Just because you don’t own the property, doesn’t mean you don’t have rights as a tenant. Many renterss don’t realize that landlords have violated tenants rights because they don’t know the law. Unfortunately, unscrupulous landlords use this to their advantage. They either rip renters off or treat them unlawfully.
Here are some common examples of tenants rights violations:
- Visiting the property unannounced
- Not carrying out essential repairs
- Trying to evict you without proper notice
- Unlawfully refusing to return the deposit
It is also a fair housing violation to mistreat you based on your race, color, gender, nationality, disability, or family status.
So, you think your landlord is out of line? They could be if you know what your tenants rights are. This article aims to give you the lowdown on what your landlord can and can’t do.
Tenants Rights: What the Law Says
You’ve got responsibilities as a tenant. But because you pay rent, you also have rights. You have the right to be treated fairly. Also, you have the right to live in a home that doesn’t put your health, wellbeing, or life in danger.
Many of your rights are set out in the Fair Housing Act. The Department of Housing and Urban Development (HUD) says that all types of housing discrimination are violations. For example, a landlord can’t treat you differently due to your race, religion, sex, family status, disability, color, or national origin. Other violations are also set out in local state laws. But generally, your landlord must make sure that the property is well-maintained and in good repair.
Top 7 Examples of Tenants Rights Violations
Read on if you want to know the seven most common violations that renters can face.
1. Not providing a fit and habitable home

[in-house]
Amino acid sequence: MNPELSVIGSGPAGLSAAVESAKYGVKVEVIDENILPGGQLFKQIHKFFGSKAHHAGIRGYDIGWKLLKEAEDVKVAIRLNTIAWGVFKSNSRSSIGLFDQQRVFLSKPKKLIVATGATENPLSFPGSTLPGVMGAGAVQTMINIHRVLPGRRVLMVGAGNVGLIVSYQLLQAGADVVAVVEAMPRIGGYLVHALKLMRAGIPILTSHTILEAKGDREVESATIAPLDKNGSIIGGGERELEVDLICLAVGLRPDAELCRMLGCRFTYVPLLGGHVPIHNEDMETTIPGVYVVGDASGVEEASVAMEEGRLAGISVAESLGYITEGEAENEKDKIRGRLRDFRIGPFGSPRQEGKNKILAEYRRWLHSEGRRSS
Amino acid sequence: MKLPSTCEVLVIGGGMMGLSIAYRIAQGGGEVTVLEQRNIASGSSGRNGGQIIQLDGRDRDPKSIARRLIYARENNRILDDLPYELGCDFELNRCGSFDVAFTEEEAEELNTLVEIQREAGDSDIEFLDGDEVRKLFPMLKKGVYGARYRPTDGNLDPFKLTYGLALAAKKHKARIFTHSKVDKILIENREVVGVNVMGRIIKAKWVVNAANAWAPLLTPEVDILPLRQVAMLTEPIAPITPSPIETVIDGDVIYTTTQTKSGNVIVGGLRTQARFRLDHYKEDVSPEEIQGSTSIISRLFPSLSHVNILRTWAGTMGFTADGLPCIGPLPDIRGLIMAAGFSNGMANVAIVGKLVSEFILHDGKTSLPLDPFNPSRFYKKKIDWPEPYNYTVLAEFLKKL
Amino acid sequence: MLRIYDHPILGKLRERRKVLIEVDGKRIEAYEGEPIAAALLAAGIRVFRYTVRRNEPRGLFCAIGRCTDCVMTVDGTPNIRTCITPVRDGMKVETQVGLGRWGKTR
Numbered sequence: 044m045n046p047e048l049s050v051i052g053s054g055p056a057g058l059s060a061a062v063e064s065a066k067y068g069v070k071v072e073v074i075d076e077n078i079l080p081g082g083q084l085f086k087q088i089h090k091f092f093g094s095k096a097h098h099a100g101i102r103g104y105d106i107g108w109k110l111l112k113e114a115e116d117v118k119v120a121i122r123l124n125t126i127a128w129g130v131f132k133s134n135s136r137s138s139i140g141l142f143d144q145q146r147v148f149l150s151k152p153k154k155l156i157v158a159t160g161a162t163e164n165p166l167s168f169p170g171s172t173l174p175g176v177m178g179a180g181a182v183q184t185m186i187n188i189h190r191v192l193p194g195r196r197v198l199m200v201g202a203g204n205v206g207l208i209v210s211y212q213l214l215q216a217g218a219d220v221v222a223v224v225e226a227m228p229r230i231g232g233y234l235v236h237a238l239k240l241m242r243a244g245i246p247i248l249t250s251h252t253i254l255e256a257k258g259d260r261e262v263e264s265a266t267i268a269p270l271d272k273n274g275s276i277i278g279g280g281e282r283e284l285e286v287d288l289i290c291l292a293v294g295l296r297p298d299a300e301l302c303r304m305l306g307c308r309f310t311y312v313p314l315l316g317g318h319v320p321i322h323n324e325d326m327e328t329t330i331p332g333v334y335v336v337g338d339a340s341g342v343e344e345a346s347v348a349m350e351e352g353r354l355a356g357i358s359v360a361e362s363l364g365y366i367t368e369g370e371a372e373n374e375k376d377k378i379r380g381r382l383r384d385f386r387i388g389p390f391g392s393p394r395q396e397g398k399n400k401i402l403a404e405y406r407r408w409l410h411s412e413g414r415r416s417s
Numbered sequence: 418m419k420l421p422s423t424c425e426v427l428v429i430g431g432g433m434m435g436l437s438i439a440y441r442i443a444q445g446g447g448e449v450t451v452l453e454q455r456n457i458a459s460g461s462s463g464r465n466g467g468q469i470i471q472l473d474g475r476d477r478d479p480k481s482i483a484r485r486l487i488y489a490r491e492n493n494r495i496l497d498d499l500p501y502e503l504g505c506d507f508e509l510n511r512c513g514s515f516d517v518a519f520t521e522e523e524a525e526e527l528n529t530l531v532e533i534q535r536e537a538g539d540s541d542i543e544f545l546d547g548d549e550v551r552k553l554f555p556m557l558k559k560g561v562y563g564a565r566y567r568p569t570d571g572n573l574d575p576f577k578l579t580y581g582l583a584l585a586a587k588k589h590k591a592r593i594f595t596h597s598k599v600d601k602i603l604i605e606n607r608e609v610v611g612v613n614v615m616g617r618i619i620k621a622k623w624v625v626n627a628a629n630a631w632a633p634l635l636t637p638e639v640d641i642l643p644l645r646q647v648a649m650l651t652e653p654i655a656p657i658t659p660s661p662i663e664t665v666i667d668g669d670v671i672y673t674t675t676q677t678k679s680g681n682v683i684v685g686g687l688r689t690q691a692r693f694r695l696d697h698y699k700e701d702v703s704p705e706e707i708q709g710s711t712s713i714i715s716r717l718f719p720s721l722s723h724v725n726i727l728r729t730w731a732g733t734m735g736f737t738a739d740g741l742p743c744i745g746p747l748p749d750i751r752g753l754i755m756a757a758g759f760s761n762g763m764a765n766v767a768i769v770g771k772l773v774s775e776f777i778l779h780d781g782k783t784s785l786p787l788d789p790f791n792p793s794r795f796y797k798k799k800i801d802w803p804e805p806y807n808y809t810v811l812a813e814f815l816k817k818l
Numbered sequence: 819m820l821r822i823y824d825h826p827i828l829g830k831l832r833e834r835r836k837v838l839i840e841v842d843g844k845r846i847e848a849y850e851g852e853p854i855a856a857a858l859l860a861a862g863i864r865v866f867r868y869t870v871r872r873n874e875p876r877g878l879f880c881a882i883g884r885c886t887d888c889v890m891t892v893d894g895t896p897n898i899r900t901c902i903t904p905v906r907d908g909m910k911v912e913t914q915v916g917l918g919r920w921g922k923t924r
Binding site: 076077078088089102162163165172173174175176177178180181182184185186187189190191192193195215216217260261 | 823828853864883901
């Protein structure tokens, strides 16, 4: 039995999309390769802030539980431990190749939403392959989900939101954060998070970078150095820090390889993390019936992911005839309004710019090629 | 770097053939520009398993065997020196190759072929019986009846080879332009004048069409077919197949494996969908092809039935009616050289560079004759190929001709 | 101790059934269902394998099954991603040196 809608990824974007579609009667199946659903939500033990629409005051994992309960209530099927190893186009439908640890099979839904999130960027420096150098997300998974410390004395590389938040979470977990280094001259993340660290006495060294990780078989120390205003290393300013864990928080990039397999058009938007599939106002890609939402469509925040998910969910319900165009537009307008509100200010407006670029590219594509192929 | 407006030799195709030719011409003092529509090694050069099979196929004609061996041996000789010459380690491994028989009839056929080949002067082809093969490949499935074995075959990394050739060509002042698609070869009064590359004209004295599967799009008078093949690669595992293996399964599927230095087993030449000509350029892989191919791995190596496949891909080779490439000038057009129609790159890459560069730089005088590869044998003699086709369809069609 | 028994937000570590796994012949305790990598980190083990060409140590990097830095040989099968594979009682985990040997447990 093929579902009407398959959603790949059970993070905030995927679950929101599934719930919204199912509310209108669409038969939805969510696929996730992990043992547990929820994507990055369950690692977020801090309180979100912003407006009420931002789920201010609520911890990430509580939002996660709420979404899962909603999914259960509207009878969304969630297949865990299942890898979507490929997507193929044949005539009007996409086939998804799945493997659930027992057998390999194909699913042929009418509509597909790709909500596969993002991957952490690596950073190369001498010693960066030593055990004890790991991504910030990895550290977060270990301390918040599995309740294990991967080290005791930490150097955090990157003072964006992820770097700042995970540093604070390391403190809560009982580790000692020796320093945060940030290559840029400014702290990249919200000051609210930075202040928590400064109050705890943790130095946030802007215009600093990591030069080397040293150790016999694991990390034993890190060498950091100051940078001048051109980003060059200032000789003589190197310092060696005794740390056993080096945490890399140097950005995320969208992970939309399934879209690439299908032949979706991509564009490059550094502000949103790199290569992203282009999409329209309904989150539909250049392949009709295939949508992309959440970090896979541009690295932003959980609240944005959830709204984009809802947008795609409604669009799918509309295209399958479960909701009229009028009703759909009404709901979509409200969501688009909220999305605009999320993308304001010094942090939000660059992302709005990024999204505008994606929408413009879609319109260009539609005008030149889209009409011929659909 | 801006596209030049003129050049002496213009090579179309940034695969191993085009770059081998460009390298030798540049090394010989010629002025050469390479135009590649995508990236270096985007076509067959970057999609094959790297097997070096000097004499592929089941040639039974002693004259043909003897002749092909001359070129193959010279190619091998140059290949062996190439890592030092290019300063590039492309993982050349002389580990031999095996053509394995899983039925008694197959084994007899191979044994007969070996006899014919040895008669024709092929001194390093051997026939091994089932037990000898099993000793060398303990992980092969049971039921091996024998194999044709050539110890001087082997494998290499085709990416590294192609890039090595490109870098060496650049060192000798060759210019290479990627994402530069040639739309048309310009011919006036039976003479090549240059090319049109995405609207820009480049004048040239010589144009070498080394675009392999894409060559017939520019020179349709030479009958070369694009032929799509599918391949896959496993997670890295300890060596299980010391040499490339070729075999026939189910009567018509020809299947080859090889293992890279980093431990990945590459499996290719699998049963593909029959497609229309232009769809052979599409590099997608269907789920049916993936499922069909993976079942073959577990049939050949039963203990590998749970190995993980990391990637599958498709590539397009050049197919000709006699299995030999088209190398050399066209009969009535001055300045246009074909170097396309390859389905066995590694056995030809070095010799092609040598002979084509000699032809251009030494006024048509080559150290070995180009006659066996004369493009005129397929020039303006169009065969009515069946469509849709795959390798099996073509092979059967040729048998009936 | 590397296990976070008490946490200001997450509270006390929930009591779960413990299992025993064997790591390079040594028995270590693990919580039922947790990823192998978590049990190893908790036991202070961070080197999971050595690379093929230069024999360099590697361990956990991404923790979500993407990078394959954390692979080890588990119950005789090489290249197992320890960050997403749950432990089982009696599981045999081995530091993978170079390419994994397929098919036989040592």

One of the most common tenants rights violation examples is landlords who don’t maintain rental properties. Most states have laws requiring that landlords ensure properties have hot and cold water, proper sanitation, heating, and ventilation. Some additional rental violations can include:
- Defective plumbing
- Structural issues
- Pest and insect infestations
- No means to remove garbage
- Not dealing with contaminants—mold, radon, asbestos, etc.
- Shutting off utilities
2. Not respecting your privacy
Your landlord can’t violate your rights as a renter by invading your privacy. Your lease agreement should state the amount of notice you should get before the landlord or maintenance vendors visit the property. The notice is usually 24 – 48 hours. Of course, exceptions are emergencies such as burst pipes, a fire, or a similar situation.
Here’s an example of a violation of your rights: there’s an unexpected knock on the door, and your landlord is standing there.
3. Violating your right to peace and quiet
The legalese term is “Implied Warranty of Quiet Enjoyment.” But this basically means you should be able to live in your place without constant disturbances. Even though some disturbances may not be your landlord’s fault, it’s their responsibility to sort them out. In some states, you may also be able to get a refund of your rent.
What are examples of violations when it comes to your right for peace and quiet? Here are a few:
- Your landlord is continually harassing you in person or on the phone.